Konkoly and her colleagues trained lucid dreamers to receive and send messages, demonstrating that dreaming people can remember and follow instructions from when they were awake and engage in cognitive tasks when asked to. Interestingly, when the researchers woke up their subjects and asked them about their dreams, the dreamers sometimes misremembered the math problem, showing strong evidence of the problems associated with relying on dream reports of waking people. People’s memories of their own dreams can be wrong, even when those dreams were lucid.
One major obstacle to lucid dreaming research is that spontaneous lucid dreaming is rare and challenging to master. The new Netflix series Behind Her Eyes, a British psychological thriller, features lucid dreaming prominently, along with advice—not all of it credible—on how to do it. We learn that looking at a clock, or a watch, can help. That’s true. But no research suggests counting your fingers works. The same goes for trying to be calm and focused. It also baselessly recommends imagining a door (which might be useful to escape a nightmare once you’re lucid, but this has not been scientifically explored).
We could pair the more logical mind of an awake person with a lucid dreamer.
The ability to live out your fantasies when you sleep is a reason lots of people are very interested in lucid dreaming. For those hell-bent on learning to do it, it’d be best to start with this systematic review that the journal Consciousness and Cognition published in 2012.8 This review shows, however, that most recommended methods for training yourself to lucid dream have not been studied scientifically, and the studies that have been done aren’t that good. But here are some of the ways that have some evidence.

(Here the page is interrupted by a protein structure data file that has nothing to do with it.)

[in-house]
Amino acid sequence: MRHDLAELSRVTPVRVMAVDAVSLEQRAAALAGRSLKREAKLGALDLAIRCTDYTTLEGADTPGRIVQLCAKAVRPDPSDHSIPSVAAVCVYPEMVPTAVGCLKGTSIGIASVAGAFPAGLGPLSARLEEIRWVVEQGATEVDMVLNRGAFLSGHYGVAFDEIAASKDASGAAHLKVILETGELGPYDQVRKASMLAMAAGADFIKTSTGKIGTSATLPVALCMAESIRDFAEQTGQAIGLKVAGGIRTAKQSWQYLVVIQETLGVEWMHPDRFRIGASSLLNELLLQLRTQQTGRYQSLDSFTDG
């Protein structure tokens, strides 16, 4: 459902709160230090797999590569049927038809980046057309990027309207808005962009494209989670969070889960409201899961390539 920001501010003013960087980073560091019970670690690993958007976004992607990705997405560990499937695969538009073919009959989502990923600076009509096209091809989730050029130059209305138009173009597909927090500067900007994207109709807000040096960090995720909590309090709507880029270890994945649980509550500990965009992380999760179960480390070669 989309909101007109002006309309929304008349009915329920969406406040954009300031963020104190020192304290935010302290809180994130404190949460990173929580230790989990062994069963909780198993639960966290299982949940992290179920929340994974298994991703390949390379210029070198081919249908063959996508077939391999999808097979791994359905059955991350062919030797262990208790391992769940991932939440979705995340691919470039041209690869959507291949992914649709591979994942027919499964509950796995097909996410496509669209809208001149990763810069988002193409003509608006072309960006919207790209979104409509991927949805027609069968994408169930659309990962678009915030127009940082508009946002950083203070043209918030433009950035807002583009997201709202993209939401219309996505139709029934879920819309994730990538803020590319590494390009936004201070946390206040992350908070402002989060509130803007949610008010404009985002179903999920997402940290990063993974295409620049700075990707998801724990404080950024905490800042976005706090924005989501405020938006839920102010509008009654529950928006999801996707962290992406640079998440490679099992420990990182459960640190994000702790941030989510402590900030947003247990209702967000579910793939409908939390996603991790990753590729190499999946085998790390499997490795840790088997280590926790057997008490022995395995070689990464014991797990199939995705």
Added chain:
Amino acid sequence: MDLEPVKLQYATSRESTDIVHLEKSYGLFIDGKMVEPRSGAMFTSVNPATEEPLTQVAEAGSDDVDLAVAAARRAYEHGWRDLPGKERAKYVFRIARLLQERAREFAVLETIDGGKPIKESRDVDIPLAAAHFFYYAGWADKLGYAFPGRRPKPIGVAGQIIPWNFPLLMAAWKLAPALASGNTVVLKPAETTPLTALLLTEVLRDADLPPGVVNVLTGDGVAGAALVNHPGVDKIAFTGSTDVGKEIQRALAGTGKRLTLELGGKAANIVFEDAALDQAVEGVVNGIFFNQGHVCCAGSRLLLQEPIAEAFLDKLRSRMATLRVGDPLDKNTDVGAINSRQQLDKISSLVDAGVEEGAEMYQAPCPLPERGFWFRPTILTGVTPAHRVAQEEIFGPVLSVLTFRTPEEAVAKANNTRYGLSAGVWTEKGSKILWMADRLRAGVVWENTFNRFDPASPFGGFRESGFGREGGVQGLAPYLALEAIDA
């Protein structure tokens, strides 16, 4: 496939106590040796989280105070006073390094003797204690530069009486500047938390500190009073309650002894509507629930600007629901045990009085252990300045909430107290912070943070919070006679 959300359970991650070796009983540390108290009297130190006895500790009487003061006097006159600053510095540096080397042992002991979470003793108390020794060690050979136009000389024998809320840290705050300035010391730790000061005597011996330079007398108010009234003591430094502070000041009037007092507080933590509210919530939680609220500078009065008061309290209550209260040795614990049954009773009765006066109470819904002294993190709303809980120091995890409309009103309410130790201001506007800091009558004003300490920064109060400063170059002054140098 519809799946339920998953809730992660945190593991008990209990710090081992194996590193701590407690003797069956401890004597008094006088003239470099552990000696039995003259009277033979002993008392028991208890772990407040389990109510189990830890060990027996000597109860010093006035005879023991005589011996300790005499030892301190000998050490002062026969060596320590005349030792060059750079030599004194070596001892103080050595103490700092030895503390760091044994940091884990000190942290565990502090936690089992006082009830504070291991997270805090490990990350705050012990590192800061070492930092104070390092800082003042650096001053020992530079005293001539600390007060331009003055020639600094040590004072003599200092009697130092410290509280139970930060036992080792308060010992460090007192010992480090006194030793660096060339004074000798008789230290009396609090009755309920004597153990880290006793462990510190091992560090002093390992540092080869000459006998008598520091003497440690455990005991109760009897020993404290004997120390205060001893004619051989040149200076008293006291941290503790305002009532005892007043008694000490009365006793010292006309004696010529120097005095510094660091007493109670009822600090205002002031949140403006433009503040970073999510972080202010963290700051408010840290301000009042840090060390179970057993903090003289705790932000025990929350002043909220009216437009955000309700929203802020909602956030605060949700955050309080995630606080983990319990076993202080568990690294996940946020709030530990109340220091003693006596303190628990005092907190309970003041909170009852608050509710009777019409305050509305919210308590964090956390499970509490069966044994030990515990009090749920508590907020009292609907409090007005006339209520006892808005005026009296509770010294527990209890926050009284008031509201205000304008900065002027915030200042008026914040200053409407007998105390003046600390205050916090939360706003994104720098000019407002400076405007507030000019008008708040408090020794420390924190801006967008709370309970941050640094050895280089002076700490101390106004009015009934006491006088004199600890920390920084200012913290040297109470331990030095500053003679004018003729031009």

It seems that, when you’re falling asleep, you should visualize and rehearse a dream you want to have. Put an intention in your mind to realize you’re dreaming. This works better in the morning, when you wake up and are about to fall back asleep. You may once have unwittingly deployed the “dream re-entry” technique. That’s when you wake up from a dream and try to go back without actually falling back asleep. You can also make a habit of reality testing—that is, practicing looking twice at text to see if it changes. In the real world, printed text, say, on a street sign, almost never changes. But in dreams, for whatever reason, text changes frequently. If you practice checking text to see if it changes when you’re awake, you might do it when you’re dreaming. Then you’ll notice the text change and go lucid.